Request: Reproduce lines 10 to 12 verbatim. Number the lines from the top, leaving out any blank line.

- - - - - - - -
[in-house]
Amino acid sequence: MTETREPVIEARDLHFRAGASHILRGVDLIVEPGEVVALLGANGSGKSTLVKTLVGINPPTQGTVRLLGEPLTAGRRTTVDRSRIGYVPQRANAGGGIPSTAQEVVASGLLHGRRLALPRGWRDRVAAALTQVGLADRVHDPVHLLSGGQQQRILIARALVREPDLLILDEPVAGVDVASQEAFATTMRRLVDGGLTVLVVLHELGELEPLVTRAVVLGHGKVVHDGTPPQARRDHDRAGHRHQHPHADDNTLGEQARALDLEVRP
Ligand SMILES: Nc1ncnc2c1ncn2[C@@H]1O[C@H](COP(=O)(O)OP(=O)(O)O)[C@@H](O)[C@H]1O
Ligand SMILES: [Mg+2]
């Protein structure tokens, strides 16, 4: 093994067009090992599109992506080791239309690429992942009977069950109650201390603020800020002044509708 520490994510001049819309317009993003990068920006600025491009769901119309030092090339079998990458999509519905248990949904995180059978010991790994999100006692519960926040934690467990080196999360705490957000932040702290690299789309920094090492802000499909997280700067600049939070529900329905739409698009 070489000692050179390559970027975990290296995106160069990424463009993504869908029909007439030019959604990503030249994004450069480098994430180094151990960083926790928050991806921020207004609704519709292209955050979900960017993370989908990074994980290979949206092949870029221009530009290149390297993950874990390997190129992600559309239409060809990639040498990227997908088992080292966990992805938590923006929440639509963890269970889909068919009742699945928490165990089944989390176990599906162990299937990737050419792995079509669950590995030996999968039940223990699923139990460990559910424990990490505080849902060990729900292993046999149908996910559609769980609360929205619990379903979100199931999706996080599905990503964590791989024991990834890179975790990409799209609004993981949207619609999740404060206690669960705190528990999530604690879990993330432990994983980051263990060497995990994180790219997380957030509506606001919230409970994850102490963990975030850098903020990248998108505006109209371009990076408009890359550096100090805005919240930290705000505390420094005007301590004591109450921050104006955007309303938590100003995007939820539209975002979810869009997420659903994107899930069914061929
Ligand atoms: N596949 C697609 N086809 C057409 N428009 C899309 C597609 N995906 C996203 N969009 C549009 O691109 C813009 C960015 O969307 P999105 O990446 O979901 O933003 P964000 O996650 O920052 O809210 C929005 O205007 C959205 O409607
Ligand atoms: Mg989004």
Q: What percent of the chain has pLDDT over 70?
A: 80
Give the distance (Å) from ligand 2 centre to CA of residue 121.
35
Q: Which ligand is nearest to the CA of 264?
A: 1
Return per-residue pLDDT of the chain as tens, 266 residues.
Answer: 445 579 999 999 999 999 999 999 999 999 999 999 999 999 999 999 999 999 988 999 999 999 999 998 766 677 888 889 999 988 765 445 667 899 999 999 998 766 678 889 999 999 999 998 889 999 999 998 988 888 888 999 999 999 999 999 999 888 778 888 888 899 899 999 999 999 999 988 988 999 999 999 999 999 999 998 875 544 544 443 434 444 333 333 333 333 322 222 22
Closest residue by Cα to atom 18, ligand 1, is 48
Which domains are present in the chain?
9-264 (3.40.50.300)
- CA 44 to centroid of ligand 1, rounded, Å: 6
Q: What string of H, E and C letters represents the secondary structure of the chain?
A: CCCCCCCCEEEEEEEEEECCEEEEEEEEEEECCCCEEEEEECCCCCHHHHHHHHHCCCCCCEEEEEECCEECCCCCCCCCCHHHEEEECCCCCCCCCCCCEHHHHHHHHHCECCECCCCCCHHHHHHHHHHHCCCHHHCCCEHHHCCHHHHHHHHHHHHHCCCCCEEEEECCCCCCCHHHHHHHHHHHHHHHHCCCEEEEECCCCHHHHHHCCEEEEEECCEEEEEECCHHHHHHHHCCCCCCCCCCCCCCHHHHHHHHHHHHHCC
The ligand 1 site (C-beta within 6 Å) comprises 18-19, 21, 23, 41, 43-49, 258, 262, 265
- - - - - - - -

Give the distance (Å) from ligand 2 centre to CA of residue 121.
35
Q: Which ligand is nearest to the CA of 264?